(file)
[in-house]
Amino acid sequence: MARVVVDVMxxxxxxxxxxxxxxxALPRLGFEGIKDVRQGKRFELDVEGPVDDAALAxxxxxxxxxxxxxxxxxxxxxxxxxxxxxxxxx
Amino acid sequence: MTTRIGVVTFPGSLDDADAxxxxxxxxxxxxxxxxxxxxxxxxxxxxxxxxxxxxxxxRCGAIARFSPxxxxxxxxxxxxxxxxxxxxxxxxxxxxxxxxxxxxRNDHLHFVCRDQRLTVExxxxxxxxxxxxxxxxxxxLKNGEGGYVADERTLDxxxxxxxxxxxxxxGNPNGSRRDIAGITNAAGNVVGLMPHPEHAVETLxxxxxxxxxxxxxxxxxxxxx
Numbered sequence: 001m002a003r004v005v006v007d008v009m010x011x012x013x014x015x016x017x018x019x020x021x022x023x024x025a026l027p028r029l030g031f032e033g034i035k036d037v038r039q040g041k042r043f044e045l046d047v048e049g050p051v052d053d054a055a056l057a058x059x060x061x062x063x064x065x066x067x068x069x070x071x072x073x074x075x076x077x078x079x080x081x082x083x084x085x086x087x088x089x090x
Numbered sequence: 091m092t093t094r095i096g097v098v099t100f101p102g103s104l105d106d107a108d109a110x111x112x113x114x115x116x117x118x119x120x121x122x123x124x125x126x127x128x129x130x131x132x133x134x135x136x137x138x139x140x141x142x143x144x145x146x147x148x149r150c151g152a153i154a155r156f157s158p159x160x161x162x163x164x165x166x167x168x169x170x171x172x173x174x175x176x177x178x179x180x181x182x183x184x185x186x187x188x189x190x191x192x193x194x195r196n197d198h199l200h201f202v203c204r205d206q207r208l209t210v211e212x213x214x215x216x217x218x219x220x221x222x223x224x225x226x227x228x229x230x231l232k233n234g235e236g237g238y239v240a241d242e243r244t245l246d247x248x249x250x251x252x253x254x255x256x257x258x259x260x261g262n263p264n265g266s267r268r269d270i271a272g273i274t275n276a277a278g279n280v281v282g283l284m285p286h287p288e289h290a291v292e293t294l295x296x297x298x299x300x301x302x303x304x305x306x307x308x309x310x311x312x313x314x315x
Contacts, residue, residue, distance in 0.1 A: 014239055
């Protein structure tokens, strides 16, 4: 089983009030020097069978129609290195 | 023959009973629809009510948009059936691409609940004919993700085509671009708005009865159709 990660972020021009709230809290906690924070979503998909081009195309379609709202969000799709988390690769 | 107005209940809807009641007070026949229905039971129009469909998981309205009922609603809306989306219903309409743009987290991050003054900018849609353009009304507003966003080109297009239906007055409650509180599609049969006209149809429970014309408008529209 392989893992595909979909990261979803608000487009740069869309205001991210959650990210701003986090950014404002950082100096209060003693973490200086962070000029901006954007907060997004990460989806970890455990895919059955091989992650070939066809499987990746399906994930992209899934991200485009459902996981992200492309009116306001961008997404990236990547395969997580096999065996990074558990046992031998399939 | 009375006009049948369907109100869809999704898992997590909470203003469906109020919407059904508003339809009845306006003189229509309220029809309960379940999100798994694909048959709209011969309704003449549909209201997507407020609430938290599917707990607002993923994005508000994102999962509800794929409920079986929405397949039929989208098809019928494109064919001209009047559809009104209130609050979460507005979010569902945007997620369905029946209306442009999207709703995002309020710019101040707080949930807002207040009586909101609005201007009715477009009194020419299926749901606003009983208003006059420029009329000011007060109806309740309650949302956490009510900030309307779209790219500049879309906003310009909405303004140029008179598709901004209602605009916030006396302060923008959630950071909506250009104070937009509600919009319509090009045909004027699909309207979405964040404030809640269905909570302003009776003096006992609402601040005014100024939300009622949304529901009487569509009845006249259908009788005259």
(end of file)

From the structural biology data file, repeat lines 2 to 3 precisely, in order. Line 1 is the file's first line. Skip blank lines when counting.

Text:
Amino acid sequence: MARVVVDVMxxxxxxxxxxxxxxxALPRLGFEGIKDVRQGKRFELDVEGPVDDAALAxxxxxxxxxxxxxxxxxxxxxxxxxxxxxxxxx
Amino acid sequence: MTTRIGVVTFPGSLDDADAxxxxxxxxxxxxxxxxxxxxxxxxxxxxxxxxxxxxxxxRCGAIARFSPxxxxxxxxxxxxxxxxxxxxxxxxxxxxxxxxxxxxRNDHLHFVCRDQRLTVExxxxxxxxxxxxxxxxxxxLKNGEGGYVADERTLDxxxxxxxxxxxxxxGNPNGSRRDIAGITNAAGNVVGLMPHPEHAVETLxxxxxxxxxxxxxxxxxxxxx